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Original Investigation
September 3, 2019

Prehospital Stroke Management Optimized by Use of Clinical Scoring vs Mobile Stroke Unit for Triage of Patients With Stroke: A Randomized Clinical Trial

Author Affiliations
  • 1Department of Neurology, University Hospital of the Saarland, Homburg, Germany
  • 2Department of Neuroradiology, University Hospital of the Saarland, Homburg, Germany
  • 3Institute of Clinical Chemistry, Laboratory Medicine and Transfusion Medicine, Paracelsus Medical University, Nuremberg, Germany
  • 4Department of Neurology, Knappschaftsklinikum Saar, Püttlingen, Germany
  • 5Department of Neurology, Klinikum Saarbrücken, Saarbrücken, Germany
  • 6Department of Radiology, Klinikum Saarbrücken, Saarbrücken, Germany
  • 7Department of Neurology, Caritas-Klinikum Saarbrücken St Theresia, Saarbrücken, Germany
  • 8Medizinische Klinik, Kreiskrankenhaus St Ingbert, St Ingbert, Germany
  • 9Interdisciplinary Centre for Clinical Trials (IZKS), Mainz, Germany
  • 10Statistical Consultant, Ingelheim, Germany
  • 11Department of Neuroscience, Faculty of Medical Science, Postgraduate Medical Institute, Anglia Ruskin University, Chelmsford, Southend University Hospital, Southend-on-Sea, United Kingdom
  • 12Zweckverband für Rettungsdienst und Feuerwehralarmierung, Saar, Germany
JAMA Neurol. Published online September 3, 2019. doi:10.1001/jamaneurol.2019.2829
Key Points

Question  How does optimized prehospital management featuring a clinical score compare with management in a mobile stroke unit (MSU) in triaging patients with stroke to hospitals providing or not providing neurointerventional treatment?

Findings  In this randomized clinical trial involving 116 patients, a protocol that included the use of the Los Angeles Motor Scale resulted in accurate triage decisions for 37 of 53 patients, whereas an MSU with imaging enabled accurate triage decisions for 63 of 63 patients, a significant difference.

Meaning  Depending on the health care environment, both management optimized by a clinical score and deployment of an MSU can be beneficial in triage decision-making.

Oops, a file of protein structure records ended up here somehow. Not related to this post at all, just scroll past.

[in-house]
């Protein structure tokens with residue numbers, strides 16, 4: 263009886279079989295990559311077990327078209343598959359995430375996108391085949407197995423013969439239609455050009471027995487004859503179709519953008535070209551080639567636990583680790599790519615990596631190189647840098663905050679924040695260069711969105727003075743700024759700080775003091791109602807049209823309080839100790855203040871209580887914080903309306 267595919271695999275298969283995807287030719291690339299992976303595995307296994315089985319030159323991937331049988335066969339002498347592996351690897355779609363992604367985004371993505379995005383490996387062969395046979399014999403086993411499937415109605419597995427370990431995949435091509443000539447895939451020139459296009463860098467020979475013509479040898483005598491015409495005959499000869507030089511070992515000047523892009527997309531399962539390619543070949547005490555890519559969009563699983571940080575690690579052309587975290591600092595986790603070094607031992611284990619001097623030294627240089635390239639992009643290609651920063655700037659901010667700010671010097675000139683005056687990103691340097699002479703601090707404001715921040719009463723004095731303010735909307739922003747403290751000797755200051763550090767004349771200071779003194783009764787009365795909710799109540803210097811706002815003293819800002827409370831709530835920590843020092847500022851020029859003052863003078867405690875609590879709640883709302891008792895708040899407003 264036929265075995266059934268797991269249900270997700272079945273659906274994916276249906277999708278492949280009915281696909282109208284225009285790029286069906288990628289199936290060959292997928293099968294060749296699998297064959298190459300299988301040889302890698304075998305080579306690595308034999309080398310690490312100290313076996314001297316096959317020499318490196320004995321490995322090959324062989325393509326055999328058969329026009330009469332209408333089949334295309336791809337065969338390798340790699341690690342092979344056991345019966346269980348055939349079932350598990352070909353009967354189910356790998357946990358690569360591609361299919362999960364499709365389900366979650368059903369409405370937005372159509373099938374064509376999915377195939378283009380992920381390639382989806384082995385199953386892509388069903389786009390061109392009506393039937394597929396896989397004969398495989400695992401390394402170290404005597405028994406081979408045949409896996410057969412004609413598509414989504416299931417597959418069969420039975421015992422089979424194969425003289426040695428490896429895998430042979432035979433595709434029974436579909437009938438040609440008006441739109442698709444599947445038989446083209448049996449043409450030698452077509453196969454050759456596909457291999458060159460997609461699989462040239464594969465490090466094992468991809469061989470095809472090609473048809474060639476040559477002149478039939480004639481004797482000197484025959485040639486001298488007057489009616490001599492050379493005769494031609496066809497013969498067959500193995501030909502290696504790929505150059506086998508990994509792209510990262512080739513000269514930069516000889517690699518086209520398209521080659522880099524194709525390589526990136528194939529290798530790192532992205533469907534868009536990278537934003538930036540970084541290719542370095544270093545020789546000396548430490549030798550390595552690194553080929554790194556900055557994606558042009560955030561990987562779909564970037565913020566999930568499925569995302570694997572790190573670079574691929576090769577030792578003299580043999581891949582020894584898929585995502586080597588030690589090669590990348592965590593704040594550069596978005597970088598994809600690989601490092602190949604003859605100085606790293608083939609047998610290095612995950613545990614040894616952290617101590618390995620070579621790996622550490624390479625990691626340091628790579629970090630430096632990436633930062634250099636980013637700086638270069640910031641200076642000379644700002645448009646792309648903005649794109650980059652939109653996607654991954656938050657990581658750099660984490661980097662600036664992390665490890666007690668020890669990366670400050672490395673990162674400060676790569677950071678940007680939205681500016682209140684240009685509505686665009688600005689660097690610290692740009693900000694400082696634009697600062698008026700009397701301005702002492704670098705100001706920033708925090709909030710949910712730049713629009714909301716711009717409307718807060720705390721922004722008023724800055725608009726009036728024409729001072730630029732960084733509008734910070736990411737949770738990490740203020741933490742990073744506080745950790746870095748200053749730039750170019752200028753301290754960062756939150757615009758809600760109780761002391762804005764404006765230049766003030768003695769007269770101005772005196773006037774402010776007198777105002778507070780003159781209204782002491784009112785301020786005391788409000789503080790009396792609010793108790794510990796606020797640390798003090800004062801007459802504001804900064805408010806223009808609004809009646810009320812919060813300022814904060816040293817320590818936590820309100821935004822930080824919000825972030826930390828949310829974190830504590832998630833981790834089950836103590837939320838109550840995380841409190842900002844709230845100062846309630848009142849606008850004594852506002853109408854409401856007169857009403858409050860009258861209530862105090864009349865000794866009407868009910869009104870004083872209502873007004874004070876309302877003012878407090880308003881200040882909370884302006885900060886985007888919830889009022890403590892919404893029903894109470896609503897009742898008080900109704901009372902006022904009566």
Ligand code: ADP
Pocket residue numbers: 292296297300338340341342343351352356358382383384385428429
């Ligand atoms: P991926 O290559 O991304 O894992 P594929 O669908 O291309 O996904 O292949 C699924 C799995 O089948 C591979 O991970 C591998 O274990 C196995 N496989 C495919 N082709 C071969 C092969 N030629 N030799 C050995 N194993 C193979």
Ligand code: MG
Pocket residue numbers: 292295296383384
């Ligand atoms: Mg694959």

Importance  Transferring patients with large-vessel occlusion (LVO) or intracranial hemorrhage (ICH) to hospitals not providing interventional treatment options is an unresolved medical problem.

Objective  To determine how optimized prehospital management (OPM) based on use of the Los Angeles Motor Scale (LAMS) compares with management in a Mobile Stroke Unit (MSU) in accurately triaging patients to the appropriate hospital with (comprehensive stroke center [CSC]) or without (primary stroke center [PSC]) interventional treatment.

Design, Setting, and Participants  In this randomized multicenter trial with 3-month follow-up, patients were assigned week-wise to one of the pathways between June 15, 2015, and November 15, 2017, in 2 regions of Saarland, Germany; 708 of 824 suspected stroke patients did not meet inclusion criteria, resulting in a study population of 116 adult patients.

Interventions  Patients received either OPM based on a standard operating procedure that included the use of the LAMS (cut point ≥4) or management in an MSU (an ambulance with vascular imaging, point-of-care laboratory, and telecommunication capabilities).

Main Outcomes and Measures  The primary end point was the proportion of patients accurately triaged to either CSCs (LVO, ICH) or PSCs (others).

Results  A predefined interim analysis was performed after 116 patients of the planned 232 patients had been enrolled. Of these, 53 were included in the OPM group (67.9% women; mean [SD] age, 74 [11] years) and 63 in the MSU group (57.1% women; mean [SD] age, 75 [11] years). The primary end point, an accurate triage decision, was reached for 37 of 53 patients (69.8%) in the OPM group and for 63 of 63 patients (100%) in the MSU group (difference, 30.2%; 95% CI, 17.8%-42.5%; P < .001). Whereas 7 of 17 OPM patients (41.2%) with LVO or ICH required secondary transfers from a PSC to a CSC, none of the 11 MSU patients (0%) required such transfers (difference, 41.2%; 95% CI, 17.8%-64.6%; P = .02). The LAMS at a cut point of 4 or higher led to an accurate diagnosis of LVO or ICH for 13 of 17 patients (76.5%; 6 triaged to a CSC) and of LVO selectively for 7 of 9 patients (77.8%; 2 triaged to a CSC). Stroke management metrics were better in the MSU group, although patient outcomes were not significantly different.

Conclusions and Relevance  Whereas prehospital management optimized by LAMS allows accurate triage decisions for approximately 70% of patients, MSU-based management enables accurate triage decisions for 100%. Depending on the specific health care environment considered, both approaches are potentially valuable in triaging stroke patients.

Trial Registration  ClinicalTrials.gov identifier: NCT02465346

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